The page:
Now back to the farm.  I can only speak with any first hand knowledge to what is happening in Manitoba, but what is happening there is being played out all over the world as far as I can see.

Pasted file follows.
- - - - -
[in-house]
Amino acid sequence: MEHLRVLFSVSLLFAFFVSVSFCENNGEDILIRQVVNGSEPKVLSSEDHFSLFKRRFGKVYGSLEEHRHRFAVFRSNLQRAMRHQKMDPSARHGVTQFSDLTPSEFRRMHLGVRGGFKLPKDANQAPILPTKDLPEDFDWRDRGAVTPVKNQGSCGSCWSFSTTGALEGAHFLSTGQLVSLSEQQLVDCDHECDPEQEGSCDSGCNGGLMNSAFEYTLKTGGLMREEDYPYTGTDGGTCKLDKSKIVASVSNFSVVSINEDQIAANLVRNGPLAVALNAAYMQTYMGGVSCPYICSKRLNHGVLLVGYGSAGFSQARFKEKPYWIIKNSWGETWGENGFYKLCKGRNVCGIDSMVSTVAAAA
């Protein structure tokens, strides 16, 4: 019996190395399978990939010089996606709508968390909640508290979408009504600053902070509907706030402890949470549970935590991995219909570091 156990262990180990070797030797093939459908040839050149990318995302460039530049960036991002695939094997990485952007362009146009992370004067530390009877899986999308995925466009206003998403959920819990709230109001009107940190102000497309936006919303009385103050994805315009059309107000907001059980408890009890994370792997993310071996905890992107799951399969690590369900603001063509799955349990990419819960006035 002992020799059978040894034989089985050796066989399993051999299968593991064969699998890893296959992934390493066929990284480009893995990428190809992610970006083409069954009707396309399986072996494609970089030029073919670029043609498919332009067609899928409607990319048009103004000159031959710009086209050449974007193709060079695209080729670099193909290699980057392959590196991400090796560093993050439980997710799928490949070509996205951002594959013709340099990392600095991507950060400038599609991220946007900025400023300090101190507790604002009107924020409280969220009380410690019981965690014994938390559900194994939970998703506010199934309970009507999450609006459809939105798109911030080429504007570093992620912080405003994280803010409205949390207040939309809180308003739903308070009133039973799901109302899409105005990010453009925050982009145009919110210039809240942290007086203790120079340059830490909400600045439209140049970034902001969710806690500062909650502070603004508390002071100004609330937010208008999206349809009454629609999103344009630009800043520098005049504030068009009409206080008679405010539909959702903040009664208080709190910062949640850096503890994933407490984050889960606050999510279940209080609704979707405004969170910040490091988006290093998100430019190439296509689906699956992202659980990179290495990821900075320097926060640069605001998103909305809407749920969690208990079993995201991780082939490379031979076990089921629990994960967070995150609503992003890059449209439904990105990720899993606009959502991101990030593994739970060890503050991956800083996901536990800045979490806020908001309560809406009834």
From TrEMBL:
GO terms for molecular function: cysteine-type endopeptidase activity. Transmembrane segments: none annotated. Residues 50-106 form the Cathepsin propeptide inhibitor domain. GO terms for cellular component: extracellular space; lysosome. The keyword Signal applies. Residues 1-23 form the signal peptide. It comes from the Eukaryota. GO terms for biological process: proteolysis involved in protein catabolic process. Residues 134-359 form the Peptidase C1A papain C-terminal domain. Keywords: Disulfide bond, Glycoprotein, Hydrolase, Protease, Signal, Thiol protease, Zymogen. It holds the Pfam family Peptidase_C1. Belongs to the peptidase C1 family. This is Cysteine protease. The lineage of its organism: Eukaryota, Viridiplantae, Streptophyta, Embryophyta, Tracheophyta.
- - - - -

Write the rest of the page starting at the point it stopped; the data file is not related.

Wet lands in Manitoba are being drained to make more farm land.  This has been happening at an alarming rate for the past 30 years.  At this same time there have been huge hydro electric facilities built all over the north.  The most critical dam in Manitoba to my thinking is the one that keeps the water level unnaturally high in Lake Manitoba.  Thirty years after this dam was built there are horrible potentially lethal algae blooms on the lake. One of this countries most beautiful lakes is being poisoned.  Now this is not all due to the dam, but there used to be a huge marsh where the Red River drains in to the lake. The water has been kept unnaturally high for 30 years, and now the marsh is dead.  No wild life.  This area needs a period of relative dryness for the bulrushes to germinate, and create a suitable habitat for the wildlife.  Simply taking this dam off line for two months of the year would do a lot to reestablish this marsh.  Bulrushes are extraordinarily effective at filtering out toxins. Allowing the natural flow out of Lake Manitoba to occur for a couple of months would facilitate the removal of some of the excessively fertilized water, and the natural movement of marine life, for part of the year. Reestablishing this wet land would contribute so much to the health of the lake, and the surrounding land.